What is Child Support?
Child support differs from other forms of support, such as spousal support and alimony, in that it's not simply a payment made by one party to another. Rather, the Court determines the total amount of appropriate financial support that a child requires and would have received, had the parents remained together. This figure is then divided and assigned based on the financial means of each respective parent. It's worth noting that you can receive support credit for any child expenses that you cover, such as tuition, insurance bills, and out-of-pocket costs.
Most parents are surprised to find that the Support Court will not take into account his or her personal budget in determining a fair amount for support. Support calculations are based on guidelines published by the legislature. These guidelines take the combined income of the parties and then determine how much a couple, making what they make, should be spending on their child(ren). Each parent is then responsible for his or her proportional share of that support amount.
What Happens If A Parent Doesn't Pay Support?
Parents who fail or refuse to pay support according to the terms of the controlling Support Order are subject to a variety of penalties, including:
- Automatic deductions from paychecks
-Seizure of bank accounts
-Revocation of professional licenses, driver's licenses, and passports
-Attachment of liens to real property, such as a home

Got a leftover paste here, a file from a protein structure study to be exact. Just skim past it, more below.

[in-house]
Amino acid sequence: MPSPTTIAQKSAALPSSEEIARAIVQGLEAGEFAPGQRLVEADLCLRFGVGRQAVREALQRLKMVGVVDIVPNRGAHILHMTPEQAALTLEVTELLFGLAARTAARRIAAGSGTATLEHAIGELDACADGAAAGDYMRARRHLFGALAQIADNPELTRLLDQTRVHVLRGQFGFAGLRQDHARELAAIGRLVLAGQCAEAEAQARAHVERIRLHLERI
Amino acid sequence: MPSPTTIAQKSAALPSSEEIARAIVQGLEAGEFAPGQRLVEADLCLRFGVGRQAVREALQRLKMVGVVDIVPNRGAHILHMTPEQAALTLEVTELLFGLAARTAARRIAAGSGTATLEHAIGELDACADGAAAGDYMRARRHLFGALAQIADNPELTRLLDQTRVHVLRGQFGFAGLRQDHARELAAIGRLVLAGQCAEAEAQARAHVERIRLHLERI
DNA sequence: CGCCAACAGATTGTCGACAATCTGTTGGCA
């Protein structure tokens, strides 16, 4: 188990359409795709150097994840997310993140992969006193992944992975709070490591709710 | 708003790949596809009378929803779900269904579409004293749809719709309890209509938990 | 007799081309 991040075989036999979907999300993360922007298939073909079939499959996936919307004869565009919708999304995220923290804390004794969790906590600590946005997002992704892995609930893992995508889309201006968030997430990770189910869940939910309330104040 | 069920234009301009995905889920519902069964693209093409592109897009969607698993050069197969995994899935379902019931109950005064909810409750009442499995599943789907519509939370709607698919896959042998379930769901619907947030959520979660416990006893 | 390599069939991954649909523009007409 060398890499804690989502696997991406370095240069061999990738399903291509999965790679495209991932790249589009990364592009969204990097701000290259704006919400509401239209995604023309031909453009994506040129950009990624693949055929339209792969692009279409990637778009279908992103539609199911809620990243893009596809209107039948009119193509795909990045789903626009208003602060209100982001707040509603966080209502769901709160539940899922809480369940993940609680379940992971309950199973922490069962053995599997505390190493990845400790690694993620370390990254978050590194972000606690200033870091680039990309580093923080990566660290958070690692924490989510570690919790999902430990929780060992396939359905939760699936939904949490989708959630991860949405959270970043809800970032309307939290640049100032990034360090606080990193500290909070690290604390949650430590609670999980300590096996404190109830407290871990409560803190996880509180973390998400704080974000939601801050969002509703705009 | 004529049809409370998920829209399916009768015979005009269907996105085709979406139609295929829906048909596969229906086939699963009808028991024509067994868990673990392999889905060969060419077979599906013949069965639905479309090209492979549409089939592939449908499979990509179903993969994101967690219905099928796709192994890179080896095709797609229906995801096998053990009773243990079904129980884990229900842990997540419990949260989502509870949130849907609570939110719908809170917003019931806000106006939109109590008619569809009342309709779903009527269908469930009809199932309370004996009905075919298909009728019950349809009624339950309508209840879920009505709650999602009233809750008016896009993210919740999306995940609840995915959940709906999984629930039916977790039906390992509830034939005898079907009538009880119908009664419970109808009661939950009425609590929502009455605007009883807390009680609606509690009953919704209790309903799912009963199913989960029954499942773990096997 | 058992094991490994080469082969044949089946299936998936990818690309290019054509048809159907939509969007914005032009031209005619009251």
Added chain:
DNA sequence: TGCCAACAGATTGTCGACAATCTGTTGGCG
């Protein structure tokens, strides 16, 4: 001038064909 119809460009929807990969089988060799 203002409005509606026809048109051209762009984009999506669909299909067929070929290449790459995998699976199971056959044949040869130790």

-Seizure of tax refunds and or lottery or gambling winnings
-Up to six months of jail time
Parents who are delinquent in their support payments may also be Ordered by the Court to participate in community service programs or in job placement programs.
Non- paying or underpaying parents who are brought before a Judge on contempt will be asked to provide valid reasons for not meeting his or her financial obligations. The Court will expect specific proof of any alleged disability or other issue preventing the parent from paying his or her support obligation.
How Long Does Support Last?
Support lasts until the child in question has either turned 18 or graduated from high school - whichever comes later. For example, if a child is forced to repeat a year, support continues until the end of his schooling, even past the age of 18. On the flip side, a child who graduates early can still expect to receive support until the age of 18.
Children with special needs may be entitled to support well into adulthood if it is determined that the child lacks the ability to support him or herself.
Although other states provide for support for college education, a parent in a Pennsylvania Child Support case cannot be obligated to pay support for a child in college unless they have agreed to do so as part of another agreement such as a property settlement agreement in divorce.